The Department of Health and Human Services Office of Civil Rights is now investigating the unauthorized access of medical records of whistleblowers at numerous Veterans Affairs hospitals.
Brandon Coleman, a Phoenix VA whistleblower who says his own records were suspiciously accessed, welcomed the investigation.
“Any time an outside agency can investigate the VA that’s a good thing,” Coleman told TheDC.
“OCR gathered additional information related to your allegations from the VA medical center you identified,” Sarah Brown, OCR’s Interim Associate Director, told Coleman in a recent letter, “as well as multiple medical centers across the country.”
In August 2015, The Daily Caller reported that Coleman’s medical file was accessed three times by managers in the Phoenix VA — just months after Coleman stepped forward to reveal that hospital’s mishandling of veteran suicides.
The Health Insurance Portability and Accountability Act strictly forbids anyone but a treating physician from accessing medical records.
Coleman, a military veteran, not only worked at the Phoenix VA, but received medical treatment there. He told TheDC that he stopped using the facility shortly after finding out his medical records were illegally accessed.
Coleman testified in front of the House Veteran Affairs Committee in September 2015, where he detailed the breach.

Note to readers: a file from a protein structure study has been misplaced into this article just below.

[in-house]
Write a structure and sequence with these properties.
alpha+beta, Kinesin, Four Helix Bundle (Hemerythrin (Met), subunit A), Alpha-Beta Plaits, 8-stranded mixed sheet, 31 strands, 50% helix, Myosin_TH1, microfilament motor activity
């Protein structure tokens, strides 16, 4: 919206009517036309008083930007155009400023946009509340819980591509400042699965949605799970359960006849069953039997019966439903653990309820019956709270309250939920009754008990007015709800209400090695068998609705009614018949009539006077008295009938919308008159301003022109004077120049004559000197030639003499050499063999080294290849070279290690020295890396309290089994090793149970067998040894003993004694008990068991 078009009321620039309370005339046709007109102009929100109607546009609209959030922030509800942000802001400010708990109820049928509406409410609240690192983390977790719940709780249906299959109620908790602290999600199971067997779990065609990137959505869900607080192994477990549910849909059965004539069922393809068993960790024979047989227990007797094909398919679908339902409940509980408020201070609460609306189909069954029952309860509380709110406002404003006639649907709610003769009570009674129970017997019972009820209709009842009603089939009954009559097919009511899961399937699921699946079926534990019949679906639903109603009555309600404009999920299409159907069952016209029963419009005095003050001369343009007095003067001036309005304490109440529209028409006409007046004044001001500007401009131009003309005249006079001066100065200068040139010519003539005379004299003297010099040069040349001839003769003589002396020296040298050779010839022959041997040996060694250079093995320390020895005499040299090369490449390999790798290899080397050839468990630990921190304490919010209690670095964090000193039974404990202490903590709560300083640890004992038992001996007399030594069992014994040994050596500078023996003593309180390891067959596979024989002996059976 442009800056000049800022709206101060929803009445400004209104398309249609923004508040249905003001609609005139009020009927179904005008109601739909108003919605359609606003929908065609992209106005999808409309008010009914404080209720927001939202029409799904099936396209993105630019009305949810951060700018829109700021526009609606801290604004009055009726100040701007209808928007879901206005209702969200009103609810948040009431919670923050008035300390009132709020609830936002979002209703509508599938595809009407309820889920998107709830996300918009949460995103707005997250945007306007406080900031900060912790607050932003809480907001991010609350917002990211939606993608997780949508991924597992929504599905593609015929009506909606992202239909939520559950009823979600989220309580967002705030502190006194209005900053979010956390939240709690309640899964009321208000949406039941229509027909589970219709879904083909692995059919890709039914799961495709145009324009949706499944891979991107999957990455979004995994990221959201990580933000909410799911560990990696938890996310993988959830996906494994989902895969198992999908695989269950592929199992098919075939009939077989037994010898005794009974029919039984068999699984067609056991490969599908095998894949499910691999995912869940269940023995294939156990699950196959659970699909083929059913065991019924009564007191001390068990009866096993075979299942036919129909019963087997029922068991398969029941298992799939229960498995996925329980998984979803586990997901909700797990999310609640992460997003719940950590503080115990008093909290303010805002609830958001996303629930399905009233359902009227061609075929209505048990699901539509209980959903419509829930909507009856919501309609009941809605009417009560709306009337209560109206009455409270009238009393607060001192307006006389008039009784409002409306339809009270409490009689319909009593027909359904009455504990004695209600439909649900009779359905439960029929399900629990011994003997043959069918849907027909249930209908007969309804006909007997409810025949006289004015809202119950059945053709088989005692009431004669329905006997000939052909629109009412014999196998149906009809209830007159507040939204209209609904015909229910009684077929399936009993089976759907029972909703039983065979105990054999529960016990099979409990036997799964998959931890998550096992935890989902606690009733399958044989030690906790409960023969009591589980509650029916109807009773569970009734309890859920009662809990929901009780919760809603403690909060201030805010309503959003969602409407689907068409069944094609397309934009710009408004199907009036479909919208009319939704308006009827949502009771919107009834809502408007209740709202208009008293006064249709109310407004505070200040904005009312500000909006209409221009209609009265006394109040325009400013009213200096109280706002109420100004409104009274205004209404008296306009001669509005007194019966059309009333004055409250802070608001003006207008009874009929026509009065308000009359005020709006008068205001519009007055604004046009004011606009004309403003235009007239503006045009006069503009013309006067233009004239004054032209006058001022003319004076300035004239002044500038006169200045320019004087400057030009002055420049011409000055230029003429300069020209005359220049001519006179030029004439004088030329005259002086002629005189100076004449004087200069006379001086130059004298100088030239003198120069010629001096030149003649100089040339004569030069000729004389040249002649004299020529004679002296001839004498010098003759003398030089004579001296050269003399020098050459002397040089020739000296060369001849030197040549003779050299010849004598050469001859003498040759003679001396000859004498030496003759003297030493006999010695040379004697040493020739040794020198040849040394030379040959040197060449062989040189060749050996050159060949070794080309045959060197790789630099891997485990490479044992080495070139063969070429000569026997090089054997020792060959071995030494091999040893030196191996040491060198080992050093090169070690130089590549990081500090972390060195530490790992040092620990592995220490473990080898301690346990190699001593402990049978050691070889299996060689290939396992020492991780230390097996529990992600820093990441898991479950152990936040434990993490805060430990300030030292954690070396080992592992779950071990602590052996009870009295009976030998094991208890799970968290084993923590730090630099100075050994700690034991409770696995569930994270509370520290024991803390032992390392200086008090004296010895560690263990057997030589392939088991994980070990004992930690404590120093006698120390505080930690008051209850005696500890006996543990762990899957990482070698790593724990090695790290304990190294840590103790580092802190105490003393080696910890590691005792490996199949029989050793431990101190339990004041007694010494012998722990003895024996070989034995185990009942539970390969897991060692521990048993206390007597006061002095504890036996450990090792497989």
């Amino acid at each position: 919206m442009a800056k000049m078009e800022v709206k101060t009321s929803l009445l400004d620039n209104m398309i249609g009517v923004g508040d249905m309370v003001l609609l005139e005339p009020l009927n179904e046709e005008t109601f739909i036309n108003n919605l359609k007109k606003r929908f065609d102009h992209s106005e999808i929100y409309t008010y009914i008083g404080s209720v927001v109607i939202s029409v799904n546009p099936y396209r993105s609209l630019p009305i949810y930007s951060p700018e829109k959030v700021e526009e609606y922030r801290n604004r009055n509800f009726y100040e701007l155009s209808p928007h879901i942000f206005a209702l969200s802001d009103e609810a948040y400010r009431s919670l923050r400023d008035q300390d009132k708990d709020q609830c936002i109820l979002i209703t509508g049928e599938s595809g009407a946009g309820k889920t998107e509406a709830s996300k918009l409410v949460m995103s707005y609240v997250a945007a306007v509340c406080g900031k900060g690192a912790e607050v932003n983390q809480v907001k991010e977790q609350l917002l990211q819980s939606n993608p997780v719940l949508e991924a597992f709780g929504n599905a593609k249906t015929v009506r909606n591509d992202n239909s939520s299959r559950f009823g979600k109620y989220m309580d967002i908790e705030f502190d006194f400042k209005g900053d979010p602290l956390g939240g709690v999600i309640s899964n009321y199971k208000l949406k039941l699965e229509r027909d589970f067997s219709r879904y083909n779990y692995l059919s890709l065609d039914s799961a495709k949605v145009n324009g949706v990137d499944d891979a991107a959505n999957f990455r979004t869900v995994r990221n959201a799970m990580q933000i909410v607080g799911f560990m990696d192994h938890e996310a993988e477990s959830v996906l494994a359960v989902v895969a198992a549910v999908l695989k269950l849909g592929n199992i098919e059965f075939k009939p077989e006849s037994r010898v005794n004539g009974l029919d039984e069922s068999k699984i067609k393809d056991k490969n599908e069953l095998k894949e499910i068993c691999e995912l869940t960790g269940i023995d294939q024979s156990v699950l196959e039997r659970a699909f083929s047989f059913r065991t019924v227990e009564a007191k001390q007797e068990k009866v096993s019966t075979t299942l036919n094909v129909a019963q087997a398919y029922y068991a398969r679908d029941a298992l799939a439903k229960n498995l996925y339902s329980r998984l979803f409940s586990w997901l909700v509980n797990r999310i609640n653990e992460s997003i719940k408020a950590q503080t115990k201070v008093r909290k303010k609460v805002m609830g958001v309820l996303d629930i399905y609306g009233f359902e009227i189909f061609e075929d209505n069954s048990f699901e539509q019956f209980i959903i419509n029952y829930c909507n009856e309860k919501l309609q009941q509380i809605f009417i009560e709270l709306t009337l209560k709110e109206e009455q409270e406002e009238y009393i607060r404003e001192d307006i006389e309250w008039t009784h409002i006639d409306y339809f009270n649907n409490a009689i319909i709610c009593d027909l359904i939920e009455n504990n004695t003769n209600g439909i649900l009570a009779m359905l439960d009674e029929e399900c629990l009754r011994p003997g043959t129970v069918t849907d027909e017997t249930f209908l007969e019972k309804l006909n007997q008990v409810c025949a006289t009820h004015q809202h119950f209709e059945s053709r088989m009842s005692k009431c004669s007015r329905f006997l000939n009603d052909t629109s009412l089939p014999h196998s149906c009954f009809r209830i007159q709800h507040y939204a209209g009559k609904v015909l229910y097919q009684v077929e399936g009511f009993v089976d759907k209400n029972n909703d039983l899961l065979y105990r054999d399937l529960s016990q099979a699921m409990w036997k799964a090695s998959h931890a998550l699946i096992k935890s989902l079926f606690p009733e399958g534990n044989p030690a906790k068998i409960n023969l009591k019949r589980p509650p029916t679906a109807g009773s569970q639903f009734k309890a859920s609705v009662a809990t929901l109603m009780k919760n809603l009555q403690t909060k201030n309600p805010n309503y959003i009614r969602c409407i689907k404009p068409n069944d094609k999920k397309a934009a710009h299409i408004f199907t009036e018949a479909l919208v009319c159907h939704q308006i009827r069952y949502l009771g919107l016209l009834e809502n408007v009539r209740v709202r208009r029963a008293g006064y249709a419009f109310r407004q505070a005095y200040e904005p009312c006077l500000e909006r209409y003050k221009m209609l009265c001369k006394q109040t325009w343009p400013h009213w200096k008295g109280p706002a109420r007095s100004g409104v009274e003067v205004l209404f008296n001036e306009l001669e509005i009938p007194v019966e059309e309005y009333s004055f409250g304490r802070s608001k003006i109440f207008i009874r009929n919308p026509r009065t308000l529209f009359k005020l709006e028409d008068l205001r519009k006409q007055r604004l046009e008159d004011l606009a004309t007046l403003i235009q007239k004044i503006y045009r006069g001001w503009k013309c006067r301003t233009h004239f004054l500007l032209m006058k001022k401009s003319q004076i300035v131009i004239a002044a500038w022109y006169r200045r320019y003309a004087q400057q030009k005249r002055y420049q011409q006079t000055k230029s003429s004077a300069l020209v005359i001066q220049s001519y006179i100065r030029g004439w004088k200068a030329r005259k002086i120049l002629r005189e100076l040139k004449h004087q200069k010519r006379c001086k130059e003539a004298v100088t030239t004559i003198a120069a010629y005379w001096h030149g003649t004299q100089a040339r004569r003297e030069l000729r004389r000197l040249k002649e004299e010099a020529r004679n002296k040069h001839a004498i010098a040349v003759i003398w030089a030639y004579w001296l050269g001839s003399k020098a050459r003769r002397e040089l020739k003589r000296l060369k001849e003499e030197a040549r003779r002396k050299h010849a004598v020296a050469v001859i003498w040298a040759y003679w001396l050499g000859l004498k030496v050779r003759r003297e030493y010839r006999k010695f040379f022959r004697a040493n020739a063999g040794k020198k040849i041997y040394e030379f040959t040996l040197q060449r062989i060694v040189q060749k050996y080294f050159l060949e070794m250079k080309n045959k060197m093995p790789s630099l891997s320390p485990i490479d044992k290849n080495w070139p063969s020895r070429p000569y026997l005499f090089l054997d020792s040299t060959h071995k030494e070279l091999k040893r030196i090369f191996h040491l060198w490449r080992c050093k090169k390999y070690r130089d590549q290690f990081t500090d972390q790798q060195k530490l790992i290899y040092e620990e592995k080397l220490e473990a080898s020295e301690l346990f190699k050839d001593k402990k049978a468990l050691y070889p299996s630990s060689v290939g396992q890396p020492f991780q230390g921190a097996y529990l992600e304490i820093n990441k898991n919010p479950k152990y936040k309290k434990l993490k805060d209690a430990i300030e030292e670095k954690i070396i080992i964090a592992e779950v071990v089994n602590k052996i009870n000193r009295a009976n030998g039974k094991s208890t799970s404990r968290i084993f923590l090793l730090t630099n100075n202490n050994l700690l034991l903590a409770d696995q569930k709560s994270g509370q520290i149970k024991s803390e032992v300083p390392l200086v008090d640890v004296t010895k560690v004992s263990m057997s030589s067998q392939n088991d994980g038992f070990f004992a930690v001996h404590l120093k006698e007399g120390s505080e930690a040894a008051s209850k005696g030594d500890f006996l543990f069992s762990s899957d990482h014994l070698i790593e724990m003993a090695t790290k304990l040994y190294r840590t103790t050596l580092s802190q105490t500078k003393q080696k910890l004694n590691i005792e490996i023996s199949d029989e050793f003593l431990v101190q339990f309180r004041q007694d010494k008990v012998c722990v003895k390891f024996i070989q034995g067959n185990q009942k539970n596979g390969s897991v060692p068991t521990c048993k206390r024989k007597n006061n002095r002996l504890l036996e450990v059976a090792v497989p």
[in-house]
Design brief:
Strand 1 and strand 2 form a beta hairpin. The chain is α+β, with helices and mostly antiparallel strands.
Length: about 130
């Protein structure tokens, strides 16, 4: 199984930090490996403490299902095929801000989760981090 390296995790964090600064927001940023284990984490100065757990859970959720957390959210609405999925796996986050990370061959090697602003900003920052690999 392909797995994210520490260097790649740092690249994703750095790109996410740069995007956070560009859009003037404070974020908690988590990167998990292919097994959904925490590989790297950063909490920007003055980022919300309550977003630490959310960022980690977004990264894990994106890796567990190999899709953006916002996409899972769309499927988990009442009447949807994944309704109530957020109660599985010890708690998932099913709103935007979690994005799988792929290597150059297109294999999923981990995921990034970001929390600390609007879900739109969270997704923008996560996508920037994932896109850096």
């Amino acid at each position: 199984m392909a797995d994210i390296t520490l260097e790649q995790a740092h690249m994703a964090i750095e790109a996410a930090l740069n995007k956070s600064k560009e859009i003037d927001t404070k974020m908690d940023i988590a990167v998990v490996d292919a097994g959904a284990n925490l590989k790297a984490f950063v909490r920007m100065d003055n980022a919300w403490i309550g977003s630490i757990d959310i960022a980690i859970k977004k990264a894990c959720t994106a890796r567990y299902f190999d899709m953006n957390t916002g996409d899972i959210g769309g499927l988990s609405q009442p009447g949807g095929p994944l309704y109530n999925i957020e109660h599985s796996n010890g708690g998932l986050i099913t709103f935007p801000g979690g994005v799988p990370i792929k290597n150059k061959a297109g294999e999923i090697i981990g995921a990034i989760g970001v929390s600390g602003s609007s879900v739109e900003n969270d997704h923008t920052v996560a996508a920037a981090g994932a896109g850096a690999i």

During that testimony, Coleman described how these numerous breaches were part of an apparent campaign of retaliation in which he was put on leave and instructed not to speak to other Phoenix VA employees.
“I received a ‘gag order’ from [VA Hospital Director Glen] Grippen forbidding me from speaking to any other Phoenix VA employees but saying I could get medical care as a vet. How does a veteran get medical care without being allowed to speak to any VA employees?” Coleman said in his testimony.
Coleman is not the only VA whistleblower to have his medical records illegally accessed.
Christopher “Shea” Wilkes works at the Shreveport, Louisiana VA Hospital and blew the whistle on a secret wait list at that hospital.
He said, shortly after that disclosure, a manager told him he was “unstable and unfit to lead.”
Wilkes, who suffers from post-traumatic stress disorder after a tour in Afghanistan, believed someone was in his medical records. Shortly after this meeting, Wilkes found that his medical records were accessed by unauthorized personnel multiple times.
Wilkes and Coleman are both part of the group, VA Truth Tellers — a group of VA whistleblowers. Wilkes told TheDC that about 20 veterans from that group have alleged that they, too, have had their medical records accessed by unauthorized individuals.
An email to HHS OCR was left unreturned.
Meagan Lutz, spokeswoman for the VA in Washington, D.C. did not respond to an email request for comment.